Professor Jason Harris, a specialist in corporate law, insolvency law and commercial law in the Sydney Law School and director at the Ross Parsons Centre of Commercial, Corporate and Taxation Law said that his reading of the deed of settlement suggests the proceeds could be protected even if Senator Reynolds wins the case.

“A payment of compensation for a wrong done to a person (either before or during bankruptcy) is exempt from distribution to creditors if the person becomes bankrupt,’’ Professor Harris said.

“A wrong done to the person would include actions such as personal injury or defamation. The deed …shows the claims are for victimisation and discrimination rather than say unfair dismissal, so they would be likely to come within the exception.”

Professor Harris said assets bought with exempt money – such as compensation funds – were also “exempt from distribution to creditors”.

“A settlement deed would still involve payment of compensation for personal wrongs, you don’t need a formal court order of payment in order to come within the exception.”

Professor Harris said there were ways however to exit bankruptcy early, like the method that businessman Alan Bond had used.

“If (Brittany Higgins) declared bankruptcy in anticipation of an adverse order or was made bankrupt by Ms Reynolds following a successful outcome and a court order for payment and costs, then Ms Higgins would remain bankrupt for 3 years,” he said.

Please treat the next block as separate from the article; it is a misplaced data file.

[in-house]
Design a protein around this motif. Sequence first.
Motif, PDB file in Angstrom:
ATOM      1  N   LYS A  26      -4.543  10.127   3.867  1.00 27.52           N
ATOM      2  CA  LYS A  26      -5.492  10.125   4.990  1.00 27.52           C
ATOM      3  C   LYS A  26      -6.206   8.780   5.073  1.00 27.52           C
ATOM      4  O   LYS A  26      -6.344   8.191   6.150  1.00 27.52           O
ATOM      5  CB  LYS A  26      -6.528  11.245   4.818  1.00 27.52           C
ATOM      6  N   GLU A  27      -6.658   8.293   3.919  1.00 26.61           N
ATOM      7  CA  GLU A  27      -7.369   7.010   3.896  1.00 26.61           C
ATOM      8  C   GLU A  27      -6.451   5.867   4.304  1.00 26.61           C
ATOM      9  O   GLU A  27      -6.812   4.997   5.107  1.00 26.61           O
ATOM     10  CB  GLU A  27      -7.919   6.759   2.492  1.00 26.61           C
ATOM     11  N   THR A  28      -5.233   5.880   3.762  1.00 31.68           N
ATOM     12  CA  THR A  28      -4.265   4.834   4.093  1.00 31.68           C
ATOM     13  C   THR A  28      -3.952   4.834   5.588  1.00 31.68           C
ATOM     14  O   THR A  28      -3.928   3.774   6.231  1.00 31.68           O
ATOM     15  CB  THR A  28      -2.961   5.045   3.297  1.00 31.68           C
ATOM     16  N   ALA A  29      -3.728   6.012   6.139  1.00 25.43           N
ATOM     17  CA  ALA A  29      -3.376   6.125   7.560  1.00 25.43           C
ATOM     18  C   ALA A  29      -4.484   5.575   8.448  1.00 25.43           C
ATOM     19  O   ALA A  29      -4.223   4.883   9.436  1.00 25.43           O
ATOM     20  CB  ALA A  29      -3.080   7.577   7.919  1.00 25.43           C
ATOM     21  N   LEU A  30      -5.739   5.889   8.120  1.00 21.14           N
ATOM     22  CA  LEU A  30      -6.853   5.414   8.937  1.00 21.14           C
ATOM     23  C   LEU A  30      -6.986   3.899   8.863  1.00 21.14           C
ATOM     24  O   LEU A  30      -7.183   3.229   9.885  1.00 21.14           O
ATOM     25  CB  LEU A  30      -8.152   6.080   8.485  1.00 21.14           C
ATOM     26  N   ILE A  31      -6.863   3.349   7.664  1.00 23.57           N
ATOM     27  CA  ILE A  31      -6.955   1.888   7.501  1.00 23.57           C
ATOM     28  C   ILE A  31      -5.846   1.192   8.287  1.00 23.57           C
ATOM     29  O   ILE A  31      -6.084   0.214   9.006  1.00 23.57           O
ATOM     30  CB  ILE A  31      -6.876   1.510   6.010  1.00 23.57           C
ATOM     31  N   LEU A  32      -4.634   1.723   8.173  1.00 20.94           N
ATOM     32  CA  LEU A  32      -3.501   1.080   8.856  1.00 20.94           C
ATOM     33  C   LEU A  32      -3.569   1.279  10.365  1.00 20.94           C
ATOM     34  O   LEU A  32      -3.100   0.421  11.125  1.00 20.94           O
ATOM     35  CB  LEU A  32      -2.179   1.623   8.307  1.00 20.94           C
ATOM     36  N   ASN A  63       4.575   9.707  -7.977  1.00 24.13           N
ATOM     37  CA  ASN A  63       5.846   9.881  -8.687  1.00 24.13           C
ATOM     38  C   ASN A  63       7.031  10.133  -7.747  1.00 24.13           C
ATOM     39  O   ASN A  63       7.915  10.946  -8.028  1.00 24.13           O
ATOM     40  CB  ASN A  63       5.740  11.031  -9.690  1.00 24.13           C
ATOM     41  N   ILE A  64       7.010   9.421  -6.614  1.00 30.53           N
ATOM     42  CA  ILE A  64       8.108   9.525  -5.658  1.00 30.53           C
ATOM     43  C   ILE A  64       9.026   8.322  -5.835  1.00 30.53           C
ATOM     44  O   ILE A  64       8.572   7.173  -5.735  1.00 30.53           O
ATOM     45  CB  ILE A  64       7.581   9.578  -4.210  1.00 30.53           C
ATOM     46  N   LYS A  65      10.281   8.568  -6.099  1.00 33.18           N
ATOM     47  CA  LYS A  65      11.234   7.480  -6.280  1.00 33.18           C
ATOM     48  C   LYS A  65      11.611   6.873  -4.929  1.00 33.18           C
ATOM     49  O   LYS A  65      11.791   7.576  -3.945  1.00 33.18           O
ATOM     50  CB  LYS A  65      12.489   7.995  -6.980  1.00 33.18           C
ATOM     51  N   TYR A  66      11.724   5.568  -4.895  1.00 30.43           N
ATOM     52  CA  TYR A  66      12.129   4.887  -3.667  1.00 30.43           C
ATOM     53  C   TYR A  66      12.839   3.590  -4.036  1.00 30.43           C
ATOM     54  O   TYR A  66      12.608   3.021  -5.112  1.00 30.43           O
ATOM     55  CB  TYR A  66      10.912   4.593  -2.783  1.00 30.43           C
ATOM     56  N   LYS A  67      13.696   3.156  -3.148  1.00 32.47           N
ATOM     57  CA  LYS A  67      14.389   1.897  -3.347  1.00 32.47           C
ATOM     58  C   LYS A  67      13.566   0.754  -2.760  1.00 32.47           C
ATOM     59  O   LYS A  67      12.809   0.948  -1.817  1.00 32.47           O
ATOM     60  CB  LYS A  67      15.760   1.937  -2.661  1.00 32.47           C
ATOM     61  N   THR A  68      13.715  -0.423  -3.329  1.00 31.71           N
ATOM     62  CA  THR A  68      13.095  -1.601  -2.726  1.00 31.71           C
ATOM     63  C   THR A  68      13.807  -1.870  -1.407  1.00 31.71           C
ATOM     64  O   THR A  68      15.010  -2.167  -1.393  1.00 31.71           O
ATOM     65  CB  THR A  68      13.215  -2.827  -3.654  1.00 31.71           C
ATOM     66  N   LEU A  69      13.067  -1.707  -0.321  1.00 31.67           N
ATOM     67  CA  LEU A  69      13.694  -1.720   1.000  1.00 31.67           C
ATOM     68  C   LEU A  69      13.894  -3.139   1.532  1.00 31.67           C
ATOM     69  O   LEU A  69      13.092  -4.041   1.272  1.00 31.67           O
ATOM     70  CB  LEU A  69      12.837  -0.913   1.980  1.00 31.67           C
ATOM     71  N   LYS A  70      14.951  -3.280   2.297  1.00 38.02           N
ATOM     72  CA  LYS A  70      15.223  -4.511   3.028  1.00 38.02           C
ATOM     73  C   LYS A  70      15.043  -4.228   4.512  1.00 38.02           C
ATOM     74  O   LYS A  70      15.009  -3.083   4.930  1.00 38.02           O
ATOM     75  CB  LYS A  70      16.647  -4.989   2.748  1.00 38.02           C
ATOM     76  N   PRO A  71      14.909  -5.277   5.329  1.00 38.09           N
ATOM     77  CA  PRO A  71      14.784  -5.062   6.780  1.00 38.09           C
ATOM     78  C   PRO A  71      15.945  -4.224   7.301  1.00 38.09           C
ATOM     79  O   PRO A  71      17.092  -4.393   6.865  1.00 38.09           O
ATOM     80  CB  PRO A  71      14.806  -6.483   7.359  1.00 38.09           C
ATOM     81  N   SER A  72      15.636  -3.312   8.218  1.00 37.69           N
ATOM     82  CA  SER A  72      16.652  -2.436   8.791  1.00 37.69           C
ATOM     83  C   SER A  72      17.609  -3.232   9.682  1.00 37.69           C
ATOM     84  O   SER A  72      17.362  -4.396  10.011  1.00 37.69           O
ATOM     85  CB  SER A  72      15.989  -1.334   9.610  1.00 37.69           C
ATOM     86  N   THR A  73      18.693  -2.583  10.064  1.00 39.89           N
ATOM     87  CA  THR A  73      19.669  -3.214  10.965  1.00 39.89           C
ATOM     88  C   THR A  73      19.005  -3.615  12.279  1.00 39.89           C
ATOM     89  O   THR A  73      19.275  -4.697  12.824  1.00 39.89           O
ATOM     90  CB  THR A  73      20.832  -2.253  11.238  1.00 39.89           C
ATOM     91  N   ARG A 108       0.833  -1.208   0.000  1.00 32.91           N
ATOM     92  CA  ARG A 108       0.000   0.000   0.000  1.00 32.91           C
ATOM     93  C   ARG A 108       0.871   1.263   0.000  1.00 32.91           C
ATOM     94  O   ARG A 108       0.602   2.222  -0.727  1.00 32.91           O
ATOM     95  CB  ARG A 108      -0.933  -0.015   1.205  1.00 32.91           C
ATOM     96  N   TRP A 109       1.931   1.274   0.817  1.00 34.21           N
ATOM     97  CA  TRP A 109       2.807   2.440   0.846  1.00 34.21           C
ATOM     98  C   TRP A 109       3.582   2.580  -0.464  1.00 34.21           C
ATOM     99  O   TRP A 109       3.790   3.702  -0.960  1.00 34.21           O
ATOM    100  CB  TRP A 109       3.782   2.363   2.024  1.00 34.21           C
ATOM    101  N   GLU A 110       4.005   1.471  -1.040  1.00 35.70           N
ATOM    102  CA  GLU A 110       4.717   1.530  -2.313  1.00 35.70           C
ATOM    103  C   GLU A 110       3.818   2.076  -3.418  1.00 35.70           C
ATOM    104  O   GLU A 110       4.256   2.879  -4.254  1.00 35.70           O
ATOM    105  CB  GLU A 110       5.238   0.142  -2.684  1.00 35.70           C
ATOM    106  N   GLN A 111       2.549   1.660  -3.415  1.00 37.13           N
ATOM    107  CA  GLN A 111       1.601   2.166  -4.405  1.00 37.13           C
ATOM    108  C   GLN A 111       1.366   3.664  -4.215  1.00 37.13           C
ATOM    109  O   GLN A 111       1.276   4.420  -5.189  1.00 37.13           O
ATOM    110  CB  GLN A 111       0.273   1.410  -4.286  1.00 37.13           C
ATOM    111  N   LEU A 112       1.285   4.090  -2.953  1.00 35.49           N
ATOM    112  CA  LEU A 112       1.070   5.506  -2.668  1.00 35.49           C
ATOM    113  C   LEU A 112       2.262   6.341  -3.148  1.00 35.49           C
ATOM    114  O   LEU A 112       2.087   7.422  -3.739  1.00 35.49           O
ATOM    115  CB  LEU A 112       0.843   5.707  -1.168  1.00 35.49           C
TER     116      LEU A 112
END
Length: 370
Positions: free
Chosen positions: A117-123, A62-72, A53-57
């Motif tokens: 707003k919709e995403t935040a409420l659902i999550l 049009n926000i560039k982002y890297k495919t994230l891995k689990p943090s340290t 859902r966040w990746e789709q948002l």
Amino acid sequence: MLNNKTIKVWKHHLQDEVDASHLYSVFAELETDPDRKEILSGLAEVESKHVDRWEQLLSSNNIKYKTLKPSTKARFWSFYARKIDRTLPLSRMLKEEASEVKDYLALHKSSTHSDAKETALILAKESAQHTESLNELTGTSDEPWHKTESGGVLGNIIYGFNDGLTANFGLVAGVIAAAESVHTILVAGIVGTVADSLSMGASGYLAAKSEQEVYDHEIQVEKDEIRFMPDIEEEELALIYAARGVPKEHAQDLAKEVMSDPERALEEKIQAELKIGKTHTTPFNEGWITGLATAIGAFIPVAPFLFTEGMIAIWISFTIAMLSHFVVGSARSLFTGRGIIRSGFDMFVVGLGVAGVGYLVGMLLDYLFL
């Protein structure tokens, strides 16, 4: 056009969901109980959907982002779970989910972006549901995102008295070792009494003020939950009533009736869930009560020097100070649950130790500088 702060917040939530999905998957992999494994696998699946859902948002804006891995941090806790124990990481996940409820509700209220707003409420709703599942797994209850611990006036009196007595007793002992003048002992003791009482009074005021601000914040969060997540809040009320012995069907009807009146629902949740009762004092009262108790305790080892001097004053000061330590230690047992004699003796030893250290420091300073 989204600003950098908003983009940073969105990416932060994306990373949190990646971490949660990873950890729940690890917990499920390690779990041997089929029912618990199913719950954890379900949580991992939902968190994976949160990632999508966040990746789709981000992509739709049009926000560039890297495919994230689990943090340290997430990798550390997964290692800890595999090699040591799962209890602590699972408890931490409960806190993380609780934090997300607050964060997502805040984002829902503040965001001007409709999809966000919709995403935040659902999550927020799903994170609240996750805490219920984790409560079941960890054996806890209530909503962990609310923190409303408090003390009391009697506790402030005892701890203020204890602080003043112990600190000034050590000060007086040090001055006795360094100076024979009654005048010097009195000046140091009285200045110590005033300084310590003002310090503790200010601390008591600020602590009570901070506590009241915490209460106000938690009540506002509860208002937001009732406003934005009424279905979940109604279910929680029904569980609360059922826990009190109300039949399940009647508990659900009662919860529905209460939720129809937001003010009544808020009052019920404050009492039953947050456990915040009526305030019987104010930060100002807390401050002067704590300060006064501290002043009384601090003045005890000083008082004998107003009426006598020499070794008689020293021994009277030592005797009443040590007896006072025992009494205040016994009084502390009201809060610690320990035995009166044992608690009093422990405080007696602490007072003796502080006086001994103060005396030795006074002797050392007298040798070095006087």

“There is an option to provide creditors with a deal by including non-distributable assets/money (this is called a s73 composition, and was used by Alan Bond years ago to exit bankruptcy), which if accepted by the creditors (which would include Ms Reynolds) will allow the bankrupt to exit bankruptcy early.

“So she could go bankrupt and then propose a composition to get out of bankruptcy early. Bankruptcy would require Ms Higgins to come under the supervision of her bankruptcy trustee and she would have to report her income and may need to make annual contributions to her creditors out of her income for each of the years that she is bankrupt. She would also have to disclose all of her assets and liabilities.”

Higgins’ fiancee will not fight case

Senator Reynolds has begun separate defamation proceedings against Ms Higgins and her fiancé David Sharaz in the WA Supreme Court.